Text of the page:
says ➞ say + s

The word <says> is a third person, singular, present tense verb form, constructed by adding suffix <s> to the base element <say>. Many third person verbs are constructed this way. 

I walk; she walks.  <walk + s ➞ walks>
You run; he runs.  <run + s ➞ runs>
I drive; she drives.  <drive + s ➞ drives>
You play; she plays.  <play + s ➞ plays>
I say; he says.  <say + s ➞ says>

In all of the verbs listed above, the structural pattern is exactly the same. So why is the spelling <says>  called “irregular” or “rule-breaking?” It’s called irregular because of an unexpected pronunciation of the spoken word. Says doesn’t rhyme with plays. But in fact, the construction <say + s ➞ says> is perfectly coherent. And an unexpected pronunciation does not make a spelling irregular. When we look at the structure of <says>, we can easily understand its spelling. 

We see the same thing in the written verbal form <been>, which contains the base element <be> with the suffix <en> added to form the past participle. 

be + en ➞ been

This past participle suffix is found in a number of English verbs.

I will eat; I have eaten.  <eat + en ➞ eaten>
I will give; I have given.  <give/ + en ➞ given>
I will take; I have taken.  <take/ + en ➞ taken>
I  will drive; I have driven.  <drive/ + en ➞ driven>
I will be; I have been.  <be + en ➞ been>

Notice that in <given, taken & driven>, the final unpronounced orthographic marker <e> in the base is replaced by the suffix <en> which begins with a vowel. (That replacement is signaled by the slash mark in the word sums above.) This is a consistent suffixing pattern in English. 

But also notice that the <e> in <be> is not replaced. That’s because we pronounce that <e>. It’s not a marker which can be replaced by a vowel suffix but is a grapheme representing the final phoneme in the spoken word be. We don’t replace a final <e> that’s part of a grapheme, so <been> is spelled by just adding the suffix <en> to the base <be>. Again, the pronunciation of been may be unexpected, but the spelling <be + en ➞  been> is perfectly coherent.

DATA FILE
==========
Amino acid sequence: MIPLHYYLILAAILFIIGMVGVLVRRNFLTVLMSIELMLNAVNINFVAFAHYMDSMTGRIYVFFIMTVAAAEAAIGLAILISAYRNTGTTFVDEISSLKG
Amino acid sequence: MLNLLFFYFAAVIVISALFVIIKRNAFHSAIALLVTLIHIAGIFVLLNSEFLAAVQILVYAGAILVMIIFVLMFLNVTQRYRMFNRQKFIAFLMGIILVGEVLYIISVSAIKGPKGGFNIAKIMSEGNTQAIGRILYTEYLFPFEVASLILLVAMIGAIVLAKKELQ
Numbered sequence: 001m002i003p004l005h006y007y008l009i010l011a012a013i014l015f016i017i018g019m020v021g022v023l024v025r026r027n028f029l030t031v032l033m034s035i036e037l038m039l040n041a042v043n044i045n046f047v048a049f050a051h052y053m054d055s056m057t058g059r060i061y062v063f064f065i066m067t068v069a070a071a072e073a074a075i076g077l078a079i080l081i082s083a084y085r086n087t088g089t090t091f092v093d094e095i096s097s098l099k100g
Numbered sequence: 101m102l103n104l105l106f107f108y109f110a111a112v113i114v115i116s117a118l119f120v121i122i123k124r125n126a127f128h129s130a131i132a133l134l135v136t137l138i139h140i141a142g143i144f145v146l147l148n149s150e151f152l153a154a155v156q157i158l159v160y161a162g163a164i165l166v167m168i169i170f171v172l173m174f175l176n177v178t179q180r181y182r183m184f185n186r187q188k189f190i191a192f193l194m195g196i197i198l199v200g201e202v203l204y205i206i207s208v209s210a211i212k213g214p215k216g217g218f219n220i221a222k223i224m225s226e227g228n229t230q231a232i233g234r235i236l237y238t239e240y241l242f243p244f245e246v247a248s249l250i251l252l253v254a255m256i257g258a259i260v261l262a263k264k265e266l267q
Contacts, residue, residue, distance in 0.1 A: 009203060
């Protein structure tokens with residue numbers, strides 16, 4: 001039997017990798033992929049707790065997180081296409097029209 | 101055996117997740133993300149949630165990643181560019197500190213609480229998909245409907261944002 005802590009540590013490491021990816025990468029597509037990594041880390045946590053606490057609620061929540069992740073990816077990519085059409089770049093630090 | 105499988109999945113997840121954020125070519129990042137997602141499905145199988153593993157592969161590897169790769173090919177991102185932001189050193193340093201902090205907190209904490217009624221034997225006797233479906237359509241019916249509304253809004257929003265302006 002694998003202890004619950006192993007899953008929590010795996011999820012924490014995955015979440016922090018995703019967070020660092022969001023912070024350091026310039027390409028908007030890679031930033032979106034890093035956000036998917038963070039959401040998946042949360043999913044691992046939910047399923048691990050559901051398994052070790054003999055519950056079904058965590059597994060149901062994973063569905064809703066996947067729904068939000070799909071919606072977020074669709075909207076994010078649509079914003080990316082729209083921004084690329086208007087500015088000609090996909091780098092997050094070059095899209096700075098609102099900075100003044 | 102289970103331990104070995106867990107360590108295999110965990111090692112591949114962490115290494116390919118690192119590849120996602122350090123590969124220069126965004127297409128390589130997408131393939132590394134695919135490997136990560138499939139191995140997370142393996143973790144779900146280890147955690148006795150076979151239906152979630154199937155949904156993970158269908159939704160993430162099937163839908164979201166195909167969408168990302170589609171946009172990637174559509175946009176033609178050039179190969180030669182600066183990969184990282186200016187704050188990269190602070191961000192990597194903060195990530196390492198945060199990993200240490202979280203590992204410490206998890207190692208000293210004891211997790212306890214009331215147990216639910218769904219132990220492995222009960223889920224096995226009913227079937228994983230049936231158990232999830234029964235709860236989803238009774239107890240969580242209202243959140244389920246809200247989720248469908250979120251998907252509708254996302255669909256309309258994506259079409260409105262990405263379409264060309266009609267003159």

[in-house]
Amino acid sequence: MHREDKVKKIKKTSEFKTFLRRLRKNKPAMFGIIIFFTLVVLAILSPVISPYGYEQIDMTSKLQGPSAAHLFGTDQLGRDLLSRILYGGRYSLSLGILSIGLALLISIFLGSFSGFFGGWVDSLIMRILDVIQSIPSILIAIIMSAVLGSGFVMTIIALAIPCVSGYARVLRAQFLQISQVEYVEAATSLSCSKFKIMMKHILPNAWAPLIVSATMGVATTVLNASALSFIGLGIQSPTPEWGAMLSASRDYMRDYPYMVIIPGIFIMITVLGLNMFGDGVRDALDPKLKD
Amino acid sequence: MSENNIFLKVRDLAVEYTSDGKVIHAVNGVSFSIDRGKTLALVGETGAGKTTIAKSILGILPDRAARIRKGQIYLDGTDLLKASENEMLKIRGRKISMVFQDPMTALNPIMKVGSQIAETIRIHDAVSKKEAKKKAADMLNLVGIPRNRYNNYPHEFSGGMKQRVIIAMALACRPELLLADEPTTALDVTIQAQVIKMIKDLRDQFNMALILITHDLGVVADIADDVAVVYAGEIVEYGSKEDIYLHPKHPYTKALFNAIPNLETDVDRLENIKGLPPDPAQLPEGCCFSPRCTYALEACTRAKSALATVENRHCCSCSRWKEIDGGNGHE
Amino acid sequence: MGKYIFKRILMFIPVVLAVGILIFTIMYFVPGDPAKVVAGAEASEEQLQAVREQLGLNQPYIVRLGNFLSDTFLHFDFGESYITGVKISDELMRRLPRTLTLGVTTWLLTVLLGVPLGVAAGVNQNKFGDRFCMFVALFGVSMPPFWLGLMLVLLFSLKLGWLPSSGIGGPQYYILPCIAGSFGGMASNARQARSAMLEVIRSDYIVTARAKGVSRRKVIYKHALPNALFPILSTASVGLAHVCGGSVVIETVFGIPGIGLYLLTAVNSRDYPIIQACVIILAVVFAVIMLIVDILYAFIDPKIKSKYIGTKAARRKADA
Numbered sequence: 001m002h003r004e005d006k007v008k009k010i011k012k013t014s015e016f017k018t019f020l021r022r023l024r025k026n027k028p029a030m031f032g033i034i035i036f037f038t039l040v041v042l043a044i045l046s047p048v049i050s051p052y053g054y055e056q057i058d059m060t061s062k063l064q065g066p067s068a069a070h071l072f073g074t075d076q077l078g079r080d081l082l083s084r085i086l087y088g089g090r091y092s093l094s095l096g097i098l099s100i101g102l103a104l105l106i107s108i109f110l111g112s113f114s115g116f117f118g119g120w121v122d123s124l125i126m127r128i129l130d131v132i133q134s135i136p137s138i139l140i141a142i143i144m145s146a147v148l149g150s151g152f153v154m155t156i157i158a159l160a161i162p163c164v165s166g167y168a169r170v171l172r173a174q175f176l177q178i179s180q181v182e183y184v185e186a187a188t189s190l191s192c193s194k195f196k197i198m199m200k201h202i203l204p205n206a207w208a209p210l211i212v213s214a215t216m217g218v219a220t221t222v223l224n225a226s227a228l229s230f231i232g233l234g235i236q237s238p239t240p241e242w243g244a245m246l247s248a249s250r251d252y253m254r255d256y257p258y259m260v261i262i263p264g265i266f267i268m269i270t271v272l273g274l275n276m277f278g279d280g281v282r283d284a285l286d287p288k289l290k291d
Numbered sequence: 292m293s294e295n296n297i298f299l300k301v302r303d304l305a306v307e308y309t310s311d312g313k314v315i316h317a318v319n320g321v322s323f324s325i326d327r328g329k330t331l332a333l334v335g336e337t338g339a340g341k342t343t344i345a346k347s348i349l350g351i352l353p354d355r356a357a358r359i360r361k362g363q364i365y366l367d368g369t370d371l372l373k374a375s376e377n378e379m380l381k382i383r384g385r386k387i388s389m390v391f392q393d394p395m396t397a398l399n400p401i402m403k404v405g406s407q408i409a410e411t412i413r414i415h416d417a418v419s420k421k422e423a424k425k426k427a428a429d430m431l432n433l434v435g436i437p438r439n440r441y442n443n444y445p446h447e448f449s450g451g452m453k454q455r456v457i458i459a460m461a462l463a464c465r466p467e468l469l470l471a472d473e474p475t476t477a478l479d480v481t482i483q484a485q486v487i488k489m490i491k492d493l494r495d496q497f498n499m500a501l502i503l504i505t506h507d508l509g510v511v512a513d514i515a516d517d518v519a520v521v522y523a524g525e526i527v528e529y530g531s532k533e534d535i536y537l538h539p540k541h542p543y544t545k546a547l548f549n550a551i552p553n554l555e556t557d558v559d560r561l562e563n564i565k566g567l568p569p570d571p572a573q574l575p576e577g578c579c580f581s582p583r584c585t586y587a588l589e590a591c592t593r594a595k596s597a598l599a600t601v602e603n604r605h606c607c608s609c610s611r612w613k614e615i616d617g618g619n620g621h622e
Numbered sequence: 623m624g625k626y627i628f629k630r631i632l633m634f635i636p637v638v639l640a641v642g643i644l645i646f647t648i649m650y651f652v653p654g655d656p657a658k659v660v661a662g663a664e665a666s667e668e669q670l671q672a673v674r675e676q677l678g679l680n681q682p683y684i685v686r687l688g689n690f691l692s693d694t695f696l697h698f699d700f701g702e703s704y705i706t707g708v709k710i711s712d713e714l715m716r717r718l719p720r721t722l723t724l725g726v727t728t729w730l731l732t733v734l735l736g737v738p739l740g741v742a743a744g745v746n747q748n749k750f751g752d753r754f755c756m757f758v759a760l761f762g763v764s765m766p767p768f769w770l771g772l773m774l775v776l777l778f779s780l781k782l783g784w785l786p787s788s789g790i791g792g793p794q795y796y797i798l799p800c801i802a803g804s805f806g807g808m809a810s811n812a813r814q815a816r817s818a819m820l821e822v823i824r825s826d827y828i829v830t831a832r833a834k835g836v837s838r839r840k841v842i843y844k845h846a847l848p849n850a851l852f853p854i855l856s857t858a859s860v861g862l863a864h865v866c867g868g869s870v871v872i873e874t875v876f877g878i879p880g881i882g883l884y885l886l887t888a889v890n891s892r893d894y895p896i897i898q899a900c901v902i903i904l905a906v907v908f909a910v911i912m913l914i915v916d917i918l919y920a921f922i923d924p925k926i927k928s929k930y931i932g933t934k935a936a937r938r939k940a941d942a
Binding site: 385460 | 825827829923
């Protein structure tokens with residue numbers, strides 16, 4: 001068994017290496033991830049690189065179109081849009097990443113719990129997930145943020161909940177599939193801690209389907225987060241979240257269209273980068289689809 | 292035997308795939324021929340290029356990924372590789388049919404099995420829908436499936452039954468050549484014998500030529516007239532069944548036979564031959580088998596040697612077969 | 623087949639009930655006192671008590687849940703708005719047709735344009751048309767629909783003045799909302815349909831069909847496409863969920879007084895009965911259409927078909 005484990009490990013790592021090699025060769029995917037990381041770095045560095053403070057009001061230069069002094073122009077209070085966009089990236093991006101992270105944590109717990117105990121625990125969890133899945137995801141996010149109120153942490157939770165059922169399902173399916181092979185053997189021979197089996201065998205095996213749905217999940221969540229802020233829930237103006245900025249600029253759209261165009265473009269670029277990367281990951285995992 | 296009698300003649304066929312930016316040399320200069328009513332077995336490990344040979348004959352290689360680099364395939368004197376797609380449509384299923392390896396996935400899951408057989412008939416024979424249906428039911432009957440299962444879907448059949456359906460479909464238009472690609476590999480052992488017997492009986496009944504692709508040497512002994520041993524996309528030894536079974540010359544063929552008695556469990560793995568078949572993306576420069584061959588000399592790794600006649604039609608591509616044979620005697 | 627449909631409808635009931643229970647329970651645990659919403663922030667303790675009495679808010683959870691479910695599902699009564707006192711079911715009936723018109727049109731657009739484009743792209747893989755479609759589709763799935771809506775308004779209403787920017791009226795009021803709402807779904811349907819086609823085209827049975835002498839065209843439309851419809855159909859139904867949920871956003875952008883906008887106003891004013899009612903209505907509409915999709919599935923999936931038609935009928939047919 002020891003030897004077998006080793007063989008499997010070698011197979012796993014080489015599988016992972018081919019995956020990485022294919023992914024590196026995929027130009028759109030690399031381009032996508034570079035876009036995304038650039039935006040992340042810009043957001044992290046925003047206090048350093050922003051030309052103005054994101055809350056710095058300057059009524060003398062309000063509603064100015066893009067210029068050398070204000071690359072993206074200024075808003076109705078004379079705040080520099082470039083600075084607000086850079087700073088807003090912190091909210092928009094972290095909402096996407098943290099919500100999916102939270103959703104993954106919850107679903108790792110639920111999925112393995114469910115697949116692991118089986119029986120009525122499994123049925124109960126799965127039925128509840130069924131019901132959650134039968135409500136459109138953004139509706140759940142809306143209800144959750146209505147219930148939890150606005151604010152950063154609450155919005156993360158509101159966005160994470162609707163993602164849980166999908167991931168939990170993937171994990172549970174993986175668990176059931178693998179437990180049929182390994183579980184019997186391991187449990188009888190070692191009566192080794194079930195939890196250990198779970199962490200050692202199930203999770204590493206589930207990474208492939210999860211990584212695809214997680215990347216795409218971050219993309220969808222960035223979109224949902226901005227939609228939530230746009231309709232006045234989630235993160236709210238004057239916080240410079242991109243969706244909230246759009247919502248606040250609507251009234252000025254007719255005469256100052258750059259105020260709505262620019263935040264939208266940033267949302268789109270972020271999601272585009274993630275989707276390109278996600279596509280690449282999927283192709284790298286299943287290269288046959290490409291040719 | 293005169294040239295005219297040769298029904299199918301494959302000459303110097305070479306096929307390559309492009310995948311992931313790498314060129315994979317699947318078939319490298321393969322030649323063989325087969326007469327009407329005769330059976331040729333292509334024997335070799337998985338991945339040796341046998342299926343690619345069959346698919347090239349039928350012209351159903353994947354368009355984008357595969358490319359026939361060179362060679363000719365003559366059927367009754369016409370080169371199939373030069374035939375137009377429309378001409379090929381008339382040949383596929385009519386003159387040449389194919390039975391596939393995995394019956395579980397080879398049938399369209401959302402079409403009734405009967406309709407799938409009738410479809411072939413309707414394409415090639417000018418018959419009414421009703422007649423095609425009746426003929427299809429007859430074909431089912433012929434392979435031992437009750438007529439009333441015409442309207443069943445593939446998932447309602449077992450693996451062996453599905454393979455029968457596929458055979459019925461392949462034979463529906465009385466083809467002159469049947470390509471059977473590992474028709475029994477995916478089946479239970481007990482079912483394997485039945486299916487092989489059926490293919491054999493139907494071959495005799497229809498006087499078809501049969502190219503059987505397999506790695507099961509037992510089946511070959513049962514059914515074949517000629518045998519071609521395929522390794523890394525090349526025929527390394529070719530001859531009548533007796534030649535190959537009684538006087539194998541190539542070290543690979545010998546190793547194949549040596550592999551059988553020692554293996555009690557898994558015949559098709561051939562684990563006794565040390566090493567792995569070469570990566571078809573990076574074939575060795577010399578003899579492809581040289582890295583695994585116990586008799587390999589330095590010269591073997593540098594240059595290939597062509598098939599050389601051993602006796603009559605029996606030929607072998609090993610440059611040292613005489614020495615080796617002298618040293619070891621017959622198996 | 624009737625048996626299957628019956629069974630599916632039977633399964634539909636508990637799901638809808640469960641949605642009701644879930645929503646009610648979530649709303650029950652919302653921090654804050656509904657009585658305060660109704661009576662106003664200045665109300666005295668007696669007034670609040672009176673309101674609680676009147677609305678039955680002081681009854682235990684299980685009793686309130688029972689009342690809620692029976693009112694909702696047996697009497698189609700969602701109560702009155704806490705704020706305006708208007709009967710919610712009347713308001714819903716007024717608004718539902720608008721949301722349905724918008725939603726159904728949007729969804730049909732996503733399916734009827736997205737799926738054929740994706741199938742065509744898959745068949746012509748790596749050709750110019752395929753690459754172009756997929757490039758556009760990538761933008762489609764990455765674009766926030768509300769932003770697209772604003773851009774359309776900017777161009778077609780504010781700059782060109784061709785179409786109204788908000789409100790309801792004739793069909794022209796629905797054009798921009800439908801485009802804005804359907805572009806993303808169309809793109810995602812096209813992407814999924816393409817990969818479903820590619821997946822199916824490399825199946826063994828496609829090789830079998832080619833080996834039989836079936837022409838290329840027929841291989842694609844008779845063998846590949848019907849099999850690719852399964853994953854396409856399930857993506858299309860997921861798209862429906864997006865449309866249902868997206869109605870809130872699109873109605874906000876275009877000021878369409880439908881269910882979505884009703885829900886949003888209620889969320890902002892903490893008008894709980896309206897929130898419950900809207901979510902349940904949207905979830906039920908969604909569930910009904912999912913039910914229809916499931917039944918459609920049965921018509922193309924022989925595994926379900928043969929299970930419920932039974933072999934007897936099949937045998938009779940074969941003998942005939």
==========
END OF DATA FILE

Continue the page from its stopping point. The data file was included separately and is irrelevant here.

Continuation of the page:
By analyzing the structure of <says & been> we can see that their spellings are not flawed; it turns out that the flaw is in the assumption that spelling is supposed to represent the pronunciation of words as directly as possible. 

The English writing system is morphophonemic, so the spelling of an English word signals both phonology (the phonemes or flexible, distinctive segments of pronunciation in spoken words) and morphology (the structural units that construct the meaning of words). 1 These two aspects of the orthography work together and allow us to comprehend text more quickly and easily than if words were spelled to represent only their pronunciation. 

And think about the fact that English words are spelled the same regardless of regional variations in pronunciation. If words were spelled primarily to represent pronunciation, Americans speakers might think that the spoken word been would make more sense if it were spelled *<bin> or *<ben> depending on which part of the country they lived in, but the spelling <been> might seem quite appropriate to a British speaker.  Which spelling would the writing system use?